Summary: This is sermon notes on the use of wine for our lives and our walk. We are called to a higher walk as the "Set apart" people of God.
To Wine or Not to Wine
Old Testament Theology
By: Bruce Landry
I. What was common use of wine in the Ancient Near East Page 1
II. Some Questions concerning Wine Page 3
III. Is Wine the best choice today? Page 6
IV. Old Testament Considerations Page 8
V. Conclusion Page 11
To Wine or not to Wine
By: Bruce Landry
I. Should we as Christians be drinking Wine?
This was something that Professor Gore suggested someone should do a paper on and I felt that this was a good subject to delve into. Should Christians who are to be holy and set apart drink wine? Is there anything in the scripture that prohibits the use of wine? Is it a good idea? I hope to look into the historical use of wine, the amounts of comparative alcohol of the wine in the Ancient Near East and compare that to the types and uses ascribed to today.
There are several mainline Evangelical denominations that hold to the usage of wine within their respective Churches and there are several others that use grape juice to signify the blood of Christ, which was shed for all, for the remission of sin. Are these practices right, wrong, or does it really even matter?
We do know that Scripture always condemns drunkenness. In the Scripture all pictures of drunkenness are not pretty. When people drink, they often get intoxicated and we see sin and disaster.
Noah became drunk and acted shamelessly.
Lot’s daughters caused Lot to become drunk to commit incest with him. Belshazzer held a drunken feast and praised idols of gold, silver, bronze, iron, wood, and stone. And in this drunken stupor he lost his kingdom.
We also know that the Bible seems in places to commend the drinking of wine.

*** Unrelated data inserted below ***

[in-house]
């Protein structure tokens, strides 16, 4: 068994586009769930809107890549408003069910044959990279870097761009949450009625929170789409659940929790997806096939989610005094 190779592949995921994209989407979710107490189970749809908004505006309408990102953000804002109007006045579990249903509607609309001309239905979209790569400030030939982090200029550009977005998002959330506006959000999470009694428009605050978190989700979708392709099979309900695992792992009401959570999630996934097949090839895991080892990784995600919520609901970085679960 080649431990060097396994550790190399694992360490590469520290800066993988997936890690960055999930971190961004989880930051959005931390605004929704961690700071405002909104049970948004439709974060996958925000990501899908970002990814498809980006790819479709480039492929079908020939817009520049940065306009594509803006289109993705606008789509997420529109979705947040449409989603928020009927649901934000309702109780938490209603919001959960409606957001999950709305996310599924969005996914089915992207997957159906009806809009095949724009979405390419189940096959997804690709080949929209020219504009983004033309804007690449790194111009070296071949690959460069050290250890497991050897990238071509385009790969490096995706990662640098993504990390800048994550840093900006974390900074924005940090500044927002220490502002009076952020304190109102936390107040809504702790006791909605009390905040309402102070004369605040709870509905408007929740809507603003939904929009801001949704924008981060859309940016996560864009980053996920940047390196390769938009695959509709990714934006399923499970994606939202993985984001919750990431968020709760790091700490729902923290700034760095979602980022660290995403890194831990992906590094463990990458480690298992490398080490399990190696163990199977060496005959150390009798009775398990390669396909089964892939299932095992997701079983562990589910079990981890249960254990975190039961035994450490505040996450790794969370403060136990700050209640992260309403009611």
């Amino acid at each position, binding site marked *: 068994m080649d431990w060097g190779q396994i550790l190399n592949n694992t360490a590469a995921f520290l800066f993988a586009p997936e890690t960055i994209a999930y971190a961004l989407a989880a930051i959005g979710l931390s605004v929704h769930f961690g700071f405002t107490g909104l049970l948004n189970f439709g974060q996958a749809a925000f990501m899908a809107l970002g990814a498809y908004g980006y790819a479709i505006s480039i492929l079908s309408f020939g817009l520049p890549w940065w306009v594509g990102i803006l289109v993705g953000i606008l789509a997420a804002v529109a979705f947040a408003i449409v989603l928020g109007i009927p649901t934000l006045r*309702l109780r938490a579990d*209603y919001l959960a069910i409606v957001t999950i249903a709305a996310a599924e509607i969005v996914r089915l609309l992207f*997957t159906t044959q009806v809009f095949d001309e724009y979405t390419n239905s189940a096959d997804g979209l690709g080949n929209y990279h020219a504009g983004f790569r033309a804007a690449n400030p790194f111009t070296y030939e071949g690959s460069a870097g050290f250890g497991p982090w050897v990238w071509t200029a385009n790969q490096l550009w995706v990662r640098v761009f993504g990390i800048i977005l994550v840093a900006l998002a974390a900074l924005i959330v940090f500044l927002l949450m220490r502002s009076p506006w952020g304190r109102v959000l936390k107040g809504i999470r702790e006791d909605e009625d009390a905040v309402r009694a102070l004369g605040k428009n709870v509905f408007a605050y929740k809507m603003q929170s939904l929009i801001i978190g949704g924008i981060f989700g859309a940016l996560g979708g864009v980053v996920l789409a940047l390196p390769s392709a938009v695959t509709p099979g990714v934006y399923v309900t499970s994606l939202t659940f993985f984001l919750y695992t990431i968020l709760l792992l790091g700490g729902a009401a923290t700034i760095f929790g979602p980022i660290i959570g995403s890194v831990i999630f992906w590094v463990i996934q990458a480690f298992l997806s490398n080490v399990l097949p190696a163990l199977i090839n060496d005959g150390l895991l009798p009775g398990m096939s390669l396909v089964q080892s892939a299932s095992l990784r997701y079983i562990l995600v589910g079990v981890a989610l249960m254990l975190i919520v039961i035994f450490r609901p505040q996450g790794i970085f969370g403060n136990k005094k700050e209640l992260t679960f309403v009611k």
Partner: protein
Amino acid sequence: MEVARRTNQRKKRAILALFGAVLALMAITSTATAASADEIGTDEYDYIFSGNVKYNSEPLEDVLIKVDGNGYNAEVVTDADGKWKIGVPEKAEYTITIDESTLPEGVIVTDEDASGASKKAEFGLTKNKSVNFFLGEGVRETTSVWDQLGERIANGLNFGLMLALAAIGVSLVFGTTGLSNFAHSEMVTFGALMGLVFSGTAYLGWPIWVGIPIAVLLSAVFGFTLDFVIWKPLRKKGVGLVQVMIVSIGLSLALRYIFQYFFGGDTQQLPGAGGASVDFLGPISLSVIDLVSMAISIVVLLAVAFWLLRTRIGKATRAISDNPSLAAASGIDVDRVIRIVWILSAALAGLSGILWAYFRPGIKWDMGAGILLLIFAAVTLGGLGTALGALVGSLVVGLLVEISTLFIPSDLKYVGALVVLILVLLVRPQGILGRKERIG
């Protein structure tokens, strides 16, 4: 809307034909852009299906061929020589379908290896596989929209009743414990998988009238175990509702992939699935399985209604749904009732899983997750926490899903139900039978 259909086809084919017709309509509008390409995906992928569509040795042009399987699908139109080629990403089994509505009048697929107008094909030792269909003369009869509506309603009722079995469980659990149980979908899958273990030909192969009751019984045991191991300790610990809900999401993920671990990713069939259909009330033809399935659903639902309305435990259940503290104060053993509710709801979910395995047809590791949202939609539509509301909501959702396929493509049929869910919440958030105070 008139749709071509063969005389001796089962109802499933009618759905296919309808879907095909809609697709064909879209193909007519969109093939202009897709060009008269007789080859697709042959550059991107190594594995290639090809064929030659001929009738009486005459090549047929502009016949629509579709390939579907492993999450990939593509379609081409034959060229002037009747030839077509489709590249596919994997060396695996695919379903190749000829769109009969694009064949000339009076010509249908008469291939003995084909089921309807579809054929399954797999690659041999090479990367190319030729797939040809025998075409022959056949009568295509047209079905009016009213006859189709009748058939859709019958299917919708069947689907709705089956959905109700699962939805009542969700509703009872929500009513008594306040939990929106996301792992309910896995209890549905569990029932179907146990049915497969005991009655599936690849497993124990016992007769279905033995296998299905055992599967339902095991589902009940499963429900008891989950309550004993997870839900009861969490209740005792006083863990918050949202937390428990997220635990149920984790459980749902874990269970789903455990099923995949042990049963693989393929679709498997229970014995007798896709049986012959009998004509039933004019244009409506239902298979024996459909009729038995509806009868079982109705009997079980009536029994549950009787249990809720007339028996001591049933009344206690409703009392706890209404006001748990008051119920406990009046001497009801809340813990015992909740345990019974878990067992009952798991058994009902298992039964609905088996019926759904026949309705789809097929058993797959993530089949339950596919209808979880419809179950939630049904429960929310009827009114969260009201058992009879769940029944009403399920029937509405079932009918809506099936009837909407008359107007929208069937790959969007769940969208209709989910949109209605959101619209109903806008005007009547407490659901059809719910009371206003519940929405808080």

Drink offerings of wine accompany many of the sacrifices in the Old Testament (Ex. 29:40; Num. 15:15).
Proverbs 31:6 Give strong drink to him who is perishing, And wine to him whose life is bitter.
Like many other things in our current age, the kind of wine that the Scriptures refer to has both abilities for good and evil. Wine is made through a process called fermentation--a form of decay as a result of the curse of sin. I will leave it to you to decide whether or not alcohol should be used?
II. Some Questions concerning Wine
Is it the same? Is today’s wine the same as Bible wine?
b. A second type of wine was called gluekos. We get our English word glucose from this root word. This was new wine--and especially sweet. This corresponds with the Hebrew word tirosh and is referenced in Proverbs 3:10, Hosea 9:2, and Joel 1:10. This was usually mixed with water before drinking.
c. The most referred to wine in both the Old and New Testaments is oinos (Gk) yayin (Hebrew). Yayin has the root meaning bubble up-- not because of the fermentation, but because of the process used to reduce it to a thick paste. Boiling kills bacteria, and the concentrate could be stored without worry of loss. It required less storage space as it was added to water for flavor. Even when the remixed content was allowed to ferment-- it had a lower alcohol content than that of wine naturally fermented. Possibly from fermentation as well as spillage. This practice of boiling grape juice down to pasty syrup was common throughout the ancient world and still exists in Palestine, Syria, Jordan, and Lebanon today.
Aristotle described the wines of Arcadia as being so thick that it had to scraped from the skins it was stored in and the scrapings needed to be diluted with water in order to make a drink.
Horace wrote in 35bc of a non-intoxicating wine, Pliny referred to this non-intoxicating wine. In the 9th book of his Odyssey Homer told of Ullyses putting in his boat a goatskin of sweet black wine that was diluted 20 to 1 before consumption.
Many wine-drinking Christians today mistakenly assume that what the New Testament meant by wine is identical to wine used today. This, however, is false. In fact today’s wine is by biblical definitions “strong drink,” and hence is forbidden in the Bible! What the Bible frequently meant by wine was basically purified water.
Stein researched wine-drinking in the ancient world, in Jewish sources, and in the Bible. He pointed out that wine in Homer’s day was twenty parts water and one part wine (Odyssey 9.208–9). Pliny referred to wine as eight parts water and one part wine (Natural History 14.6–54). According to Aristophanes, it was stronger: three parts water and two parts wine. Other classical Greek writers spoke of other mixtures: Euenos—three parts water, one part wine; Hesiod—three to one, water to wine; Alexis—four to one: Diocles and Anacreon—two to one: and Ion—three to one. The average was about three or four parts of water to one part of wine.